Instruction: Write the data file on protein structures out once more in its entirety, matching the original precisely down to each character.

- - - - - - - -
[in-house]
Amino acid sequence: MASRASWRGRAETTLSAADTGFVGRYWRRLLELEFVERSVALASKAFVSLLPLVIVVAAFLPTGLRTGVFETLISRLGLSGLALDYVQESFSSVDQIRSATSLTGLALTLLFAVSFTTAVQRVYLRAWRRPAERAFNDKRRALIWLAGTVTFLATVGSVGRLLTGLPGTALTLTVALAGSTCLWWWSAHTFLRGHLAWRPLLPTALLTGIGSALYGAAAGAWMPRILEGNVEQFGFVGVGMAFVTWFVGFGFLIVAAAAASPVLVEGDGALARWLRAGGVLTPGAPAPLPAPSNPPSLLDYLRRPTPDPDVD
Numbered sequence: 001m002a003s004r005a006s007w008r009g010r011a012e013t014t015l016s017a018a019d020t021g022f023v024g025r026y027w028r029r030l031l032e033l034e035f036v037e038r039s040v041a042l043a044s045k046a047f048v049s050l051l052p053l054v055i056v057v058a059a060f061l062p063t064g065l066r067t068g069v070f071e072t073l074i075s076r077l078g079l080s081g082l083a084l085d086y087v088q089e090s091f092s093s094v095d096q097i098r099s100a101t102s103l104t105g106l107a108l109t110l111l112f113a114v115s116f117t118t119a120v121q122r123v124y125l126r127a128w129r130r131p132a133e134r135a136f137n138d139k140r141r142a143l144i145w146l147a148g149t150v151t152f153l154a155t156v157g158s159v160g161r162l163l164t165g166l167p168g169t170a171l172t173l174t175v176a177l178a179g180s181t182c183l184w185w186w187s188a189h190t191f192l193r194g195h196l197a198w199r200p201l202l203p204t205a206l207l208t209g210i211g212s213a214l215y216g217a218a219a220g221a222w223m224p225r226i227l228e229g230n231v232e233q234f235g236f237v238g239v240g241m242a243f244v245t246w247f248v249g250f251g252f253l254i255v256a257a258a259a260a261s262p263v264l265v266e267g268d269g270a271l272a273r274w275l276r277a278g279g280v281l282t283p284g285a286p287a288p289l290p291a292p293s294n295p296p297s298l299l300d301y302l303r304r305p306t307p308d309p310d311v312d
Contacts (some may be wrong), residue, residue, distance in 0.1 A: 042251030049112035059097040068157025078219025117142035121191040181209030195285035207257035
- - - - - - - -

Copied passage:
[in-house]
Amino acid sequence: MASRASWRGRAETTLSAADTGFVGRYWRRLLELEFVERSVALASKAFVSLLPLVIVVAAFLPTGLRTGVFETLISRLGLSGLALDYVQESFSSVDQIRSATSLTGLALTLLFAVSFTTAVQRVYLRAWRRPAERAFNDKRRALIWLAGTVTFLATVGSVGRLLTGLPGTALTLTVALAGSTCLWWWSAHTFLRGHLAWRPLLPTALLTGIGSALYGAAAGAWMPRILEGNVEQFGFVGVGMAFVTWFVGFGFLIVAAAAASPVLVEGDGALARWLRAGGVLTPGAPAPLPAPSNPPSLLDYLRRPTPDPDVD
Numbered sequence: 001m002a003s004r005a006s007w008r009g010r011a012e013t014t015l016s017a018a019d020t021g022f023v024g025r026y027w028r029r030l031l032e033l034e035f036v037e038r039s040v041a042l043a044s045k046a047f048v049s050l051l052p053l054v055i056v057v058a059a060f061l062p063t064g065l066r067t068g069v070f071e072t073l074i075s076r077l078g079l080s081g082l083a084l085d086y087v088q089e090s091f092s093s094v095d096q097i098r099s100a101t102s103l104t105g106l107a108l109t110l111l112f113a114v115s116f117t118t119a120v121q122r123v124y125l126r127a128w129r130r131p132a133e134r135a136f137n138d139k140r141r142a143l144i145w146l147a148g149t150v151t152f153l154a155t156v157g158s159v160g161r162l163l164t165g166l167p168g169t170a171l172t173l174t175v176a177l178a179g180s181t182c183l184w185w186w187s188a189h190t191f192l193r194g195h196l197a198w199r200p201l202l203p204t205a206l207l208t209g210i211g212s213a214l215y216g217a218a219a220g221a222w223m224p225r226i227l228e229g230n231v232e233q234f235g236f237v238g239v240g241m242a243f244v245t246w247f248v249g250f251g252f253l254i255v256a257a258a259a260a261s262p263v264l265v266e267g268d269g270a271l272a273r274w275l276r277a278g279g280v281l282t283p284g285a286p287a288p289l290p291a292p293s294n295p296p297s298l299l300d301y302l303r304r305p306t307p308d309p310d311v312d
Contacts (some may be wrong), residue, residue, distance in 0.1 A: 042251030049112035059097040068157025078219025117142035121191040181209030195285035207257035